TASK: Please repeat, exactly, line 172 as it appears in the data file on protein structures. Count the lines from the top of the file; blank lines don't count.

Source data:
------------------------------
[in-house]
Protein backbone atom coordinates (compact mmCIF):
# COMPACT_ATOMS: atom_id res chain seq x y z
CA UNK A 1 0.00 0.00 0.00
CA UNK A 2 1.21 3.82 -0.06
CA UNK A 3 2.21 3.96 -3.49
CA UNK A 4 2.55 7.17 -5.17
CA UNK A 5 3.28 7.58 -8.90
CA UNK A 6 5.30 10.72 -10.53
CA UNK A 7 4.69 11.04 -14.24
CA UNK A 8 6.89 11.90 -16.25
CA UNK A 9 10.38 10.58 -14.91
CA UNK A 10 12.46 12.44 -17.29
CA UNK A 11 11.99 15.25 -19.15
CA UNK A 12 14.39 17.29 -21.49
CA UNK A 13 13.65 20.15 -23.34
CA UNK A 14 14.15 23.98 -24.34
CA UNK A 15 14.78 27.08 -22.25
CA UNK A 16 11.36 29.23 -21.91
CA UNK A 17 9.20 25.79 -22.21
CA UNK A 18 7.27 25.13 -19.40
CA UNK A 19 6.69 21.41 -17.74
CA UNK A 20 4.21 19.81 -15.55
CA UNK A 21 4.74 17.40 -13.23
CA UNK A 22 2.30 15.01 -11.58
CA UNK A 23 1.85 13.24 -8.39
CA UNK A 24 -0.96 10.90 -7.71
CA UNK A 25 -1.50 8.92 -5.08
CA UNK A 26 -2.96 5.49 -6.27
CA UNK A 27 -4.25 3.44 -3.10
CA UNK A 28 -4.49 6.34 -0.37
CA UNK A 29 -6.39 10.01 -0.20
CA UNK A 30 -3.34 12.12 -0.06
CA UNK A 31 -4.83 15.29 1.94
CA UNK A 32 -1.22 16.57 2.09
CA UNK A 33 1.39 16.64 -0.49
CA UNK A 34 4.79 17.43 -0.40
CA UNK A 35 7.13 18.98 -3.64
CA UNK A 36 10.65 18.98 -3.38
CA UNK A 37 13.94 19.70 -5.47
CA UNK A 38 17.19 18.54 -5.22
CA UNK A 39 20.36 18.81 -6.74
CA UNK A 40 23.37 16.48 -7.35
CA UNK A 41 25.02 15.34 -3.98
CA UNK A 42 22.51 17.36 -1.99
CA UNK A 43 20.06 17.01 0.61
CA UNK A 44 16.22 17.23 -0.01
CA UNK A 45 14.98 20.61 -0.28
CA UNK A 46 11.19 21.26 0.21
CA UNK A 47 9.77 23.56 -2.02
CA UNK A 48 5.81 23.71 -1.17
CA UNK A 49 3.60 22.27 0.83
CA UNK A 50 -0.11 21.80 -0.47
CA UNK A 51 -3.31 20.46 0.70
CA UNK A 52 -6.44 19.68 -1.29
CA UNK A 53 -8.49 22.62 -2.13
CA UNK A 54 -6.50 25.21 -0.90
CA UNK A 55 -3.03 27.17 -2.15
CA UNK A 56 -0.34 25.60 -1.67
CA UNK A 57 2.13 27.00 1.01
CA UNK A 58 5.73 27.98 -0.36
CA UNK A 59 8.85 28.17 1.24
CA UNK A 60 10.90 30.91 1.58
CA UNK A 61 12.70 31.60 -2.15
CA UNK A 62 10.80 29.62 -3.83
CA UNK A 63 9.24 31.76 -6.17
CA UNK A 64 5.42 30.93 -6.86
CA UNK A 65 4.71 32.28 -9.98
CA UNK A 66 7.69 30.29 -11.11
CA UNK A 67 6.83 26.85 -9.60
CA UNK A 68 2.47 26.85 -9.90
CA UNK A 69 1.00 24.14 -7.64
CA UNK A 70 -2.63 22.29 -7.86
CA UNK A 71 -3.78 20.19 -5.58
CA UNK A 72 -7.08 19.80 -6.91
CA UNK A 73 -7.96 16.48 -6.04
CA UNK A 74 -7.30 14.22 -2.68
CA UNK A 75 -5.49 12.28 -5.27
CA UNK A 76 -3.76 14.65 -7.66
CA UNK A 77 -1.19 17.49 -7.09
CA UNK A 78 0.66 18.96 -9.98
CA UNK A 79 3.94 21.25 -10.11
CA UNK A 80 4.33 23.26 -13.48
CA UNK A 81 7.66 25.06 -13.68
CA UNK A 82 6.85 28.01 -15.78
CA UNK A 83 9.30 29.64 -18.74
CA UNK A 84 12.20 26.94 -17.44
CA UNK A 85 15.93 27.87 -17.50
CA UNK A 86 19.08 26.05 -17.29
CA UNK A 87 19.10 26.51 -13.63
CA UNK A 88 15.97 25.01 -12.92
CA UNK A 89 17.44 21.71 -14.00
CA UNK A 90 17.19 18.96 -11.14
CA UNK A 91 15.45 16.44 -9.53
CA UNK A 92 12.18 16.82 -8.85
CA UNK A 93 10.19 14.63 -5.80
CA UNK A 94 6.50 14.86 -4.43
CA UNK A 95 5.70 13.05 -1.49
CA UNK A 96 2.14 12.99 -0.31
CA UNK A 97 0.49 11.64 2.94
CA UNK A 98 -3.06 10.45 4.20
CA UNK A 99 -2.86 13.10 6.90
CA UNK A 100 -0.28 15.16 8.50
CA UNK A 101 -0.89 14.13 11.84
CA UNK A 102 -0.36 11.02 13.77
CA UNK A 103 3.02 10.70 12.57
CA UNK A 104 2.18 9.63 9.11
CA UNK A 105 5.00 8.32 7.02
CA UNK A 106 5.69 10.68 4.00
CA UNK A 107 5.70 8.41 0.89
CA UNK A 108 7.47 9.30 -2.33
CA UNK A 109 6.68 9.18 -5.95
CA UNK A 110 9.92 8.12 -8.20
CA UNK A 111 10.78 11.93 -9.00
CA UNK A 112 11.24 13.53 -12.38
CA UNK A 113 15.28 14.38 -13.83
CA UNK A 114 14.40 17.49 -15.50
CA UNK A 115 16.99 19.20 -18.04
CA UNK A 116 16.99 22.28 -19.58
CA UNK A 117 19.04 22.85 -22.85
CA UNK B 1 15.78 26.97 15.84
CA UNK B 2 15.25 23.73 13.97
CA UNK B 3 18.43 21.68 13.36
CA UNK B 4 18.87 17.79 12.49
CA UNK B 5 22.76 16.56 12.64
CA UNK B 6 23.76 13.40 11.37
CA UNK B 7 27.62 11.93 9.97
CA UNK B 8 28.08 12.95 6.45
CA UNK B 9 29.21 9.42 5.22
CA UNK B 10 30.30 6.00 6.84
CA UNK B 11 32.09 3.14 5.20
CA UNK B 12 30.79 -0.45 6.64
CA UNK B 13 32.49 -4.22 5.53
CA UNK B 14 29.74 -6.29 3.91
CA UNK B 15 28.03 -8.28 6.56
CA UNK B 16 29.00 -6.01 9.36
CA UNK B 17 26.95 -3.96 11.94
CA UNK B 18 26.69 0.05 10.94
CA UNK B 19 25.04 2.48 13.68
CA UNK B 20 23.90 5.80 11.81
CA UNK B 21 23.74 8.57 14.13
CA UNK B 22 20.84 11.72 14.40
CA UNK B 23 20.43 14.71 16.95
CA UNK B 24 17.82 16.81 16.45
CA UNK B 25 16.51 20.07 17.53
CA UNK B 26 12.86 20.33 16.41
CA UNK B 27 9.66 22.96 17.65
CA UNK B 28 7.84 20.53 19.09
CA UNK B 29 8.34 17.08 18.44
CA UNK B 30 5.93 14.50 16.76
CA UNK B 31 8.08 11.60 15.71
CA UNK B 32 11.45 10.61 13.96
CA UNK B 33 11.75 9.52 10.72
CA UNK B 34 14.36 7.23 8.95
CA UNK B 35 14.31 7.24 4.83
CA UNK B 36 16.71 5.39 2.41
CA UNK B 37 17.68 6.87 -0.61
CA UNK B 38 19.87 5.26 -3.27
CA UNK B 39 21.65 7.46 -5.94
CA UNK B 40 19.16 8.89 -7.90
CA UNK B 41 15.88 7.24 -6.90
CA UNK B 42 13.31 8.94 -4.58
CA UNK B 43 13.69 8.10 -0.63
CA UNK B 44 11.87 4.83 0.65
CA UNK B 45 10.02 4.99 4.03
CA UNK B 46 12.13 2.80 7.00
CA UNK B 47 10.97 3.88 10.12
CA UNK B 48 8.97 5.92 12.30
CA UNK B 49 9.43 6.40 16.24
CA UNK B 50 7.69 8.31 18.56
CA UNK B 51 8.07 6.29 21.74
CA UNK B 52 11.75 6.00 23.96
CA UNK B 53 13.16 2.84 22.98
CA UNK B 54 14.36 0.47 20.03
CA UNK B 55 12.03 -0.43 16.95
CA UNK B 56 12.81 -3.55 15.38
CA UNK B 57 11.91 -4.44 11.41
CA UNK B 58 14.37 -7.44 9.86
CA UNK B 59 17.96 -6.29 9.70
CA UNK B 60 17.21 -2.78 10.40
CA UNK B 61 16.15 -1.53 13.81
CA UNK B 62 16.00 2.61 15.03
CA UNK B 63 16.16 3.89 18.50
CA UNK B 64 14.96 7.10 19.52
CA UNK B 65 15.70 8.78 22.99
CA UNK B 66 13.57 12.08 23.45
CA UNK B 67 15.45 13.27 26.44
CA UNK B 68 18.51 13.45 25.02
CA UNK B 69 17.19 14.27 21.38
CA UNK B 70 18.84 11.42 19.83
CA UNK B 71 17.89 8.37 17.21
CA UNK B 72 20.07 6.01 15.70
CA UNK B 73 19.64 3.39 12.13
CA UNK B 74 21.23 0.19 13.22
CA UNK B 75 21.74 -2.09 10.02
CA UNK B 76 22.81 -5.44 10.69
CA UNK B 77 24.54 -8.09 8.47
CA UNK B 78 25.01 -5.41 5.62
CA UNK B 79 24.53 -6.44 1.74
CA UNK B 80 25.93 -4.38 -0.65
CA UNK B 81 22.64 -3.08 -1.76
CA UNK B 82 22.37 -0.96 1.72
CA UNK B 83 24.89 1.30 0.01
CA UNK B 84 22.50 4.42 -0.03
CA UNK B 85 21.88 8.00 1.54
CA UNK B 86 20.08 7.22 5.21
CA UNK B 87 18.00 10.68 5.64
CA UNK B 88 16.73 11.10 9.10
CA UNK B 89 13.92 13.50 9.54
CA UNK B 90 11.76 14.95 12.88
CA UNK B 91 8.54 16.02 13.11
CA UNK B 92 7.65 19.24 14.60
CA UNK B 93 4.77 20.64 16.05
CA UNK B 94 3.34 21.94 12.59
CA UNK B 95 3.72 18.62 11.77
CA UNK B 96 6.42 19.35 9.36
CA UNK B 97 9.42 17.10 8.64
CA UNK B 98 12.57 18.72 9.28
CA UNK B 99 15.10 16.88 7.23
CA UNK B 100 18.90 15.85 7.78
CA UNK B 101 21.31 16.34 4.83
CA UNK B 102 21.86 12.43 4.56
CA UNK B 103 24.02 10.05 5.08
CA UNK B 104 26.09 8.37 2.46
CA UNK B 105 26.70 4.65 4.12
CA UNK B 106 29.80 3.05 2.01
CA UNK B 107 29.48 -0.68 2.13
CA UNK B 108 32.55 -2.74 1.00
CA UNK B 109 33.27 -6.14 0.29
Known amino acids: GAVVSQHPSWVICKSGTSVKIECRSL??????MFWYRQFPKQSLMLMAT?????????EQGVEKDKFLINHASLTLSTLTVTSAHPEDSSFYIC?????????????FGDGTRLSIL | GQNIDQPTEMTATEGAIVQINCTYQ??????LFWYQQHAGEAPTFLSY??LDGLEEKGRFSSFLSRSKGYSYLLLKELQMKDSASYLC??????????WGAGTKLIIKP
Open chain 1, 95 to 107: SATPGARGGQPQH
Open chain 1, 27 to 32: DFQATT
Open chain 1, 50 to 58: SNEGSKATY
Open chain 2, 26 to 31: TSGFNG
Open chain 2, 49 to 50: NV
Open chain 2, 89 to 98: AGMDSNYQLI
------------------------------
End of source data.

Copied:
CA UNK B 52 11.75 6.00 23.96